Stockbridge stakeholders recently helped the city take a step toward a new image in the New Year.
“The city of Stockbridge is currently working with Rhyme and Reason Design, an Atlanta-based marketing company, on a large-scale community brand identity project,” Stockbridge Main Street Program Manager Kira D. Harris-Braggs said in a statement. “Along with providing important communications tools and resources, this branding initiative will include the creation of a new tagline and logo for the Stockbridge community.”
Harris-Braggs said city leaders want the project to be “a very inclusive” effort.
“Thus, they greatly value the opinions of our residents, small business owners, community leaders and elected officials,” she said.
The company, also known as R&R, hosted focus groups recently at city hall, culled from community members “who have an interest in Stockbridge’s overall well-being,” Harris-Braggs said.
Harris-Braggs said the company is a customer-oriented, full-service boutique agency specializing in strategy, branding, websites and integrated campaigns.
“We are very excited about this project,” she said.
The Stockbridge City Council approved the project earlier this year, funding it out of $70,000 set aside in the fiscal 2017 budget from tourism allocations and hotel/motel tax revenue.
Michael Harris, the city manager at the time, said the results will be more than just a picture or a slogan.
“The goal (is) to come up with a brand for the city,” he said at the Jan. 31 city council work session. “Often, people think of a brand as simply to include a new symbol or a new logo, but it’s far more than that.”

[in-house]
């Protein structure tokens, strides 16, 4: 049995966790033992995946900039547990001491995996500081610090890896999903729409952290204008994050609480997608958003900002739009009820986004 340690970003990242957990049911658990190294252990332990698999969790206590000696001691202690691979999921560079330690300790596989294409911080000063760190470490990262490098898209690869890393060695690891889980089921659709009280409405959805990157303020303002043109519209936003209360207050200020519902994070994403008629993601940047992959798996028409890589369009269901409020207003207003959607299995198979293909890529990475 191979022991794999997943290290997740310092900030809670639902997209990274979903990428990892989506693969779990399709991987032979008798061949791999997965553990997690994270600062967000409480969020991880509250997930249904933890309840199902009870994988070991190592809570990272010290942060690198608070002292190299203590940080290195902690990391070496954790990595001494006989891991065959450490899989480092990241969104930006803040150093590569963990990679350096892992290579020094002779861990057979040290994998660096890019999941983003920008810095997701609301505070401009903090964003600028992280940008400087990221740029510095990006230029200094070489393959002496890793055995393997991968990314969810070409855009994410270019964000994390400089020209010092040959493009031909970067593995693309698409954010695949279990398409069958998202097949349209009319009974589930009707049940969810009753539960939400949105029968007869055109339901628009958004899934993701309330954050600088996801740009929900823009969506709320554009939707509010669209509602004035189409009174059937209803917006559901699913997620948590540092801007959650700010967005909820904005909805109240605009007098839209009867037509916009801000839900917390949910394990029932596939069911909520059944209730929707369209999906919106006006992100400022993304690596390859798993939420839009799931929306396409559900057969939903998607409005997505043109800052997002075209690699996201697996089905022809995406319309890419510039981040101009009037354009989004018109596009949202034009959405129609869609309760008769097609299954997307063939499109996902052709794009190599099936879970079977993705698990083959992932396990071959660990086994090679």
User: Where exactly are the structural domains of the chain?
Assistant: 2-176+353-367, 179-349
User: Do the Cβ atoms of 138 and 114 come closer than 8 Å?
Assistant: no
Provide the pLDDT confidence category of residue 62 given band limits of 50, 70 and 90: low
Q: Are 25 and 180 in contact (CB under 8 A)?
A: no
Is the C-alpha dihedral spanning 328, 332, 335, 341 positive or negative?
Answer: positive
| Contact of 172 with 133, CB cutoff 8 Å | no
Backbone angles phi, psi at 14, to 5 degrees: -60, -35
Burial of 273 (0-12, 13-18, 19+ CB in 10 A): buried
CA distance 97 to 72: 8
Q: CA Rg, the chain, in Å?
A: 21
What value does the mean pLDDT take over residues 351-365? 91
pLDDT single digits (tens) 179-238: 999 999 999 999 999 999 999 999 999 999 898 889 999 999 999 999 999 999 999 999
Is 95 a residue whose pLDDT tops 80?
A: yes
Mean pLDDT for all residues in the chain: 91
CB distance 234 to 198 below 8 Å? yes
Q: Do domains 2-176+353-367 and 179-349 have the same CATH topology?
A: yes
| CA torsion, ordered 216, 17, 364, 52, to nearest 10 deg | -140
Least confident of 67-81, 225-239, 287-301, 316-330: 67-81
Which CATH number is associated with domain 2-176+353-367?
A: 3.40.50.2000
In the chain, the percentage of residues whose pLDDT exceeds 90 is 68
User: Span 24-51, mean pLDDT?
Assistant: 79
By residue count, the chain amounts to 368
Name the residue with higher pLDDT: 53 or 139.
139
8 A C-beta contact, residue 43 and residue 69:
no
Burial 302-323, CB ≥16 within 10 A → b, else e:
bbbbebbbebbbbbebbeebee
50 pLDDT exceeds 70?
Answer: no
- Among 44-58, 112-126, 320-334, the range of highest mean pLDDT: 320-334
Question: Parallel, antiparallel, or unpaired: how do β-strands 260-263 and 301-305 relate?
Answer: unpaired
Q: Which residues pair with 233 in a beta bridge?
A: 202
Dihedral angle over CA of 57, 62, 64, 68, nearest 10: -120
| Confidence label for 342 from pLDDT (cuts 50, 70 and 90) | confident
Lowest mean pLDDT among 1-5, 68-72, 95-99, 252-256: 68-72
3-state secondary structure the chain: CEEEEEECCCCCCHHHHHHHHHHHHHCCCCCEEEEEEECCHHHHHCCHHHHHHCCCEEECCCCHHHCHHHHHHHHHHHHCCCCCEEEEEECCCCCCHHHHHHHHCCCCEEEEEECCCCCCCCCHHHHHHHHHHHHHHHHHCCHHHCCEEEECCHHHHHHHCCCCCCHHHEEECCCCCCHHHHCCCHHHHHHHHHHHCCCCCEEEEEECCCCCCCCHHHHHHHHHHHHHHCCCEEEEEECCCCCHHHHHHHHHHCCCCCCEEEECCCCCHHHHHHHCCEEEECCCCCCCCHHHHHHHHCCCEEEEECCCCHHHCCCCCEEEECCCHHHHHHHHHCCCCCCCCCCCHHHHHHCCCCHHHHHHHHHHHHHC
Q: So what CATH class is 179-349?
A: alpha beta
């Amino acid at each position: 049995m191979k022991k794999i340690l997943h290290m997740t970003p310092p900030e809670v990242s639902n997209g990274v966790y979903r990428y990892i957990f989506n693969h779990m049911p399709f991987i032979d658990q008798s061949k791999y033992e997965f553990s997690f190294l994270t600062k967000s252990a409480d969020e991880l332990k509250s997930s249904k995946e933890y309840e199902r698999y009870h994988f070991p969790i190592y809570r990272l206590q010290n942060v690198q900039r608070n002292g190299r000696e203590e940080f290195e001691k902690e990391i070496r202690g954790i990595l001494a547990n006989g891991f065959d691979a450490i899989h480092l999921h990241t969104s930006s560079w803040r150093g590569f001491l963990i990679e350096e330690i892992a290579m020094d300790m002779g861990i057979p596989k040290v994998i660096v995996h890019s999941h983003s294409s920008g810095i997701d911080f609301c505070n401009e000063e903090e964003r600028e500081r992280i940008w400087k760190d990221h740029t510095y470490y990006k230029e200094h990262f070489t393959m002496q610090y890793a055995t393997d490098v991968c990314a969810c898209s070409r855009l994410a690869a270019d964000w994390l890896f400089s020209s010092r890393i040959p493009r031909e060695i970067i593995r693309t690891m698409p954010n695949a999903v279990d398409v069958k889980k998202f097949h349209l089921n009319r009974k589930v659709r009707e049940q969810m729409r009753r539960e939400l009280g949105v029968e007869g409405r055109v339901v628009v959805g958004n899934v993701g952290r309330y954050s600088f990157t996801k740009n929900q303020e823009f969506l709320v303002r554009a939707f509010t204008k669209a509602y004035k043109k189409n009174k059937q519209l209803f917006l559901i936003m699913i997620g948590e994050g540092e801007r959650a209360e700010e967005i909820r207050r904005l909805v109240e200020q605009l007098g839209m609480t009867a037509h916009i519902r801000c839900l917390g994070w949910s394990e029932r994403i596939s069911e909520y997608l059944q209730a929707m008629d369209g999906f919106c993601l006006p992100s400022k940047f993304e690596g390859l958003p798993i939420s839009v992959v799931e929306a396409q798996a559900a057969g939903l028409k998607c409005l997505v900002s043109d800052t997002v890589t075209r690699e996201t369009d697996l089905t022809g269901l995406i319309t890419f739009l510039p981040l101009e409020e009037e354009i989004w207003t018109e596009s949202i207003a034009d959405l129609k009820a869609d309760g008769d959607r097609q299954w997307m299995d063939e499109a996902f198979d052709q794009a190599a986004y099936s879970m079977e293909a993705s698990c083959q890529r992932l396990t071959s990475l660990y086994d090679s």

Harris said the effort includes “a lot of marketing, a lot of research that goes into it.”
He said 14 companies vied for the job from across the country.
“We had a very robust selection of firms to choose from,” Harris said, saying the choice was narrowed down to three of the most qualified and cost-effective candidates.
R&R won the gig on March 13.
Its cultural anthropologist, Shannon Banks, ran an Active Seniors focus group July 25.
In her description of the project, she said Stockbridge needs a brand.
“We’re ready to grow and be bigger, attract more development, attract more residents,” Banks said.
Key to that growth is having a unified, positive message about the city’s essence, she said.
But there is a pitfall, Banks said.
“If we make it something that doesn’t resonate as true,” she said, “it won’t work.”
Harris-Braggs said after the focus group that the city hopes to roll out its new brand in six to eight months, in January or February, depending on the research portion.
That can take up to eight weeks, she said, and will include from 100 to 150 participants in 12 to 15 different focus groups, comprising what she described as “a good cross-section” of the community.
The city will launch a micro-website during the process and hand out surveys at events to capture more opinions, Harris-Braggs said.
The company’s clients include the city of Conyers in neighboring Rockdale County.
It announced its new logo and tagline, “Celebration of Community,” in March at its annual St. Patrick’s Day parade.